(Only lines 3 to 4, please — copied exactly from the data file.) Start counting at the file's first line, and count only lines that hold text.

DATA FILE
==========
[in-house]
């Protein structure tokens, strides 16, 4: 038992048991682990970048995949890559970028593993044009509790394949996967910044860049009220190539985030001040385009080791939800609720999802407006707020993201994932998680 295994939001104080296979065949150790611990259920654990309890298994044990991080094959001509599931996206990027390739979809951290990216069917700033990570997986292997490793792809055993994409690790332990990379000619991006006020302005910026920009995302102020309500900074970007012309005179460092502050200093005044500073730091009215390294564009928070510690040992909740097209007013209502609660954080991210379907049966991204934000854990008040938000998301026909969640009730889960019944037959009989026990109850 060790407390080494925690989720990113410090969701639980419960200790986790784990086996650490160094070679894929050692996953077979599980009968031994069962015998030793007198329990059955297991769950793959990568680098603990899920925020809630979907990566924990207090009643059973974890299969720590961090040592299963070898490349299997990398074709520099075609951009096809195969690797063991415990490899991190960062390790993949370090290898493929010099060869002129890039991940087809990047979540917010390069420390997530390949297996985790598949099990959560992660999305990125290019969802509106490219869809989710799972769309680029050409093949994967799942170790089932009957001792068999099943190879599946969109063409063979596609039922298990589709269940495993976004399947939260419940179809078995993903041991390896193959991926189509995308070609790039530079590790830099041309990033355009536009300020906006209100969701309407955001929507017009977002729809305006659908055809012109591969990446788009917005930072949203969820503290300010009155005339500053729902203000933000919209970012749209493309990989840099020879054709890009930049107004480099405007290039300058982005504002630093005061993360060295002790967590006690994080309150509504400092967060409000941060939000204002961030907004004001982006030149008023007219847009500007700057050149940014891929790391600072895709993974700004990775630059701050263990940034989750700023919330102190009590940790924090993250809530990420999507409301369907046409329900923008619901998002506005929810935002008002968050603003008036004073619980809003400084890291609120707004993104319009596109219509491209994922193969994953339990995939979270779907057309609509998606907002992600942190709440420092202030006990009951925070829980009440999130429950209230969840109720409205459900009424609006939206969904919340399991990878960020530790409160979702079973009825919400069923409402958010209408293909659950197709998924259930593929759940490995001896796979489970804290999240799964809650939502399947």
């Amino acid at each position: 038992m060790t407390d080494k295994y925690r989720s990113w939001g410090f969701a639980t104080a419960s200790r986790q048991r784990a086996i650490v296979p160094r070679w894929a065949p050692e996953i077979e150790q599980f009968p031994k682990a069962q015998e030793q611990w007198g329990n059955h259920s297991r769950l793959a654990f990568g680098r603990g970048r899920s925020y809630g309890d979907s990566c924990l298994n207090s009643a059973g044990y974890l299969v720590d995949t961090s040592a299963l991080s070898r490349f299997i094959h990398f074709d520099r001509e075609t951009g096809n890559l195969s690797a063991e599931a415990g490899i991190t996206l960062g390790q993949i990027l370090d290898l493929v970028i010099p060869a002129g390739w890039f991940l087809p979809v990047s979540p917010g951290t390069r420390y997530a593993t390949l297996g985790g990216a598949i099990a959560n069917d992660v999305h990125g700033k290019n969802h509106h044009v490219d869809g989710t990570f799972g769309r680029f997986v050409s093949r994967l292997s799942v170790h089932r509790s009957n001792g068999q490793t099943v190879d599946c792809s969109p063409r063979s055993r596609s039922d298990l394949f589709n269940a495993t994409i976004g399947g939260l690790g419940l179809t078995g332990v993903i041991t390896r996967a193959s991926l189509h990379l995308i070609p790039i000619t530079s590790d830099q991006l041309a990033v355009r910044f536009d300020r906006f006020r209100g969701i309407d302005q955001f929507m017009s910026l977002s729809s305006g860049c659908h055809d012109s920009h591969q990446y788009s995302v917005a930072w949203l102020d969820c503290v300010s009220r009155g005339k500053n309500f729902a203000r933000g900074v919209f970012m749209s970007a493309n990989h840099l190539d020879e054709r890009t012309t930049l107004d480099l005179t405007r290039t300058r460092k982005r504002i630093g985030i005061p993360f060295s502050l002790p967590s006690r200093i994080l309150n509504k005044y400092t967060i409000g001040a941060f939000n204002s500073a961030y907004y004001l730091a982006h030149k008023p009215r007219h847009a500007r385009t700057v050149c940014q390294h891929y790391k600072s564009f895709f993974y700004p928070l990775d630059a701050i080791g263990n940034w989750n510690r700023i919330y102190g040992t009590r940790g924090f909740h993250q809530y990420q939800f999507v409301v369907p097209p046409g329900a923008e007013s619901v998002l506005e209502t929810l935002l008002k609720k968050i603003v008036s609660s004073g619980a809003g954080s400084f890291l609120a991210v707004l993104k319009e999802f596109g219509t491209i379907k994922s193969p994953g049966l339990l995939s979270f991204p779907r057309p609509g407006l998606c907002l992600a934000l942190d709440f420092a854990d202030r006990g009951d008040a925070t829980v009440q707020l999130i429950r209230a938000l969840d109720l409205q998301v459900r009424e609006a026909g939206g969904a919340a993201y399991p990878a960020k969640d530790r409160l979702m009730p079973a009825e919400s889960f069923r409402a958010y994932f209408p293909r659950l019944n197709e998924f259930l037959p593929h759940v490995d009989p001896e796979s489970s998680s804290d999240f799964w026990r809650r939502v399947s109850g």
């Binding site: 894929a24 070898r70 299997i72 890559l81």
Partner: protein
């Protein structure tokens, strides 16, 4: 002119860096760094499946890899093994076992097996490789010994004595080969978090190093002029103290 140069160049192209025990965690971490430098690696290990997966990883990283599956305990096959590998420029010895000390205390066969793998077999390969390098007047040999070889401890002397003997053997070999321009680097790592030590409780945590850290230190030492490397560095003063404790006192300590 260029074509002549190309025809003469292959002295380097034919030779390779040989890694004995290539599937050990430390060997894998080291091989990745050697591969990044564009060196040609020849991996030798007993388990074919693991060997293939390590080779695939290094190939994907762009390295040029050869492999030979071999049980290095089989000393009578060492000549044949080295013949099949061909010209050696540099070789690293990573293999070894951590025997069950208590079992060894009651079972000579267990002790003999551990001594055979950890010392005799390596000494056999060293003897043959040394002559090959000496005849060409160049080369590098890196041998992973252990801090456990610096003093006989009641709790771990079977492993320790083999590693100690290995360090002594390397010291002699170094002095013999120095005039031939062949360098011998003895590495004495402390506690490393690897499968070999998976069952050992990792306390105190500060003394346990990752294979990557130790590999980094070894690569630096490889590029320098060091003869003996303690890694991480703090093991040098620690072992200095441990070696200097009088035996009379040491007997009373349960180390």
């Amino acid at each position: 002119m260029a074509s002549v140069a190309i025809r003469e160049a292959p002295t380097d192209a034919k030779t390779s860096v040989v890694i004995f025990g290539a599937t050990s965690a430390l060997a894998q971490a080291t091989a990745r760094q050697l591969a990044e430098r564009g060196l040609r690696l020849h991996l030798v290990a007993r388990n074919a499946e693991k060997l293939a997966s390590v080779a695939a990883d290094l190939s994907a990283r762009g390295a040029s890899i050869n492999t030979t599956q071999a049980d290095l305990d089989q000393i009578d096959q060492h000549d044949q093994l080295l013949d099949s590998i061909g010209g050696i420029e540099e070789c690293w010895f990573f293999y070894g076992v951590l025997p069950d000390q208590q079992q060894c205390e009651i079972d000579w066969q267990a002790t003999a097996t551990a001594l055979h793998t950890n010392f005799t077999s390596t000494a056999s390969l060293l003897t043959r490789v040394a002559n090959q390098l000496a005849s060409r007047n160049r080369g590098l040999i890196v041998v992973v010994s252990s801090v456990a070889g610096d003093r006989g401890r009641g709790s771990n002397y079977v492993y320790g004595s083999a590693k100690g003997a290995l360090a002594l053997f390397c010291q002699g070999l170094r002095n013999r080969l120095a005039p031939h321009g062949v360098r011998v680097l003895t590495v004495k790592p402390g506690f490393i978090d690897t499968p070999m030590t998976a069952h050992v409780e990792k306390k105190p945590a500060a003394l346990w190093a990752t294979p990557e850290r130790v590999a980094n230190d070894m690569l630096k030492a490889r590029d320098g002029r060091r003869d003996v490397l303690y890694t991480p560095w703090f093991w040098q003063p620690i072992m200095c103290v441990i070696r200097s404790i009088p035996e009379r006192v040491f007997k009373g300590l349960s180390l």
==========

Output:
């Amino acid at each position: 038992m060790t407390d080494k295994y925690r989720s990113w939001g410090f969701a639980t104080a419960s200790r986790q048991r784990a086996i650490v296979p160094r070679w894929a065949p050692e996953i077979e150790q599980f009968p031994k682990a069962q015998e030793q611990w007198g329990n059955h259920s297991r769950l793959a654990f990568g680098r603990g970048r899920s925020y809630g309890d979907s990566c924990l298994n207090s009643a059973g044990y974890l299969v720590d995949t961090s040592a299963l991080s070898r490349f299997i094959h990398f074709d520099r001509e075609t951009g096809n890559l195969s690797a063991e599931a415990g490899i991190t996206l960062g390790q993949i990027l370090d290898l493929v970028i010099p060869a002129g390739w890039f991940l087809p979809v990047s979540p917010g951290t390069r420390y997530a593993t390949l297996g985790g990216a598949i099990a959560n069917d992660v999305h990125g700033k290019n969802h509106h044009v490219d869809g989710t990570f799972g769309r680029f997986v050409s093949r994967l292997s799942v170790h089932r509790s009957n001792g068999q490793t099943v190879d599946c792809s969109p063409r063979s055993r596609s039922d298990l394949f589709n269940a495993t994409i976004g399947g939260l690790g419940l179809t078995g332990v993903i041991t390896r996967a193959s991926l189509h990379l995308i070609p790039i000619t530079s590790d830099q991006l041309a990033v355009r910044f536009d300020r906006f006020r209100g969701i309407d302005q955001f929507m017009s910026l977002s729809s305006g860049c659908h055809d012109s920009h591969q990446y788009s995302v917005a930072w949203l102020d969820c503290v300010s009220r009155g005339k500053n309500f729902a203000r933000g900074v919209f970012m749209s970007a493309n990989h840099l190539d020879e054709r890009t012309t930049l107004d480099l005179t405007r290039t300058r460092k982005r504002i630093g985030i005061p993360f060295s502050l002790p967590s006690r200093i994080l309150n509504k005044y400092t967060i409000g001040a941060f939000n204002s500073a961030y907004y004001l730091a982006h030149k008023p009215r007219h847009a500007r385009t700057v050149c940014q390294h891929y790391k600072s564009f895709f993974y700004p928070l990775d630059a701050i080791g263990n940034w989750n510690r700023i919330y102190g040992t009590r940790g924090f909740h993250q809530y990420q939800f999507v409301v369907p097209p046409g329900a923008e007013s619901v998002l506005e209502t929810l935002l008002k609720k968050i603003v008036s609660s004073g619980a809003g954080s400084f890291l609120a991210v707004l993104k319009e999802f596109g219509t491209i379907k994922s193969p994953g049966l339990l995939s979270f991204p779907r057309p609509g407006l998606c907002l992600a934000l942190d709440f420092a854990d202030r006990g009951d008040a925070t829980v009440q707020l999130i429950r209230a938000l969840d109720l409205q998301v459900r009424e609006a026909g939206g969904a919340a993201y399991p990878a960020k969640d530790r409160l979702m009730p079973a009825e919400s889960f069923r409402a958010y994932f209408p293909r659950l019944n197709e998924f259930l037959p593929h759940v490995d009989p001896e796979s489970s998680s804290d999240f799964w026990r809650r939502v399947s109850g």
């Binding site: 894929a24 070898r70 299997i72 890559l81």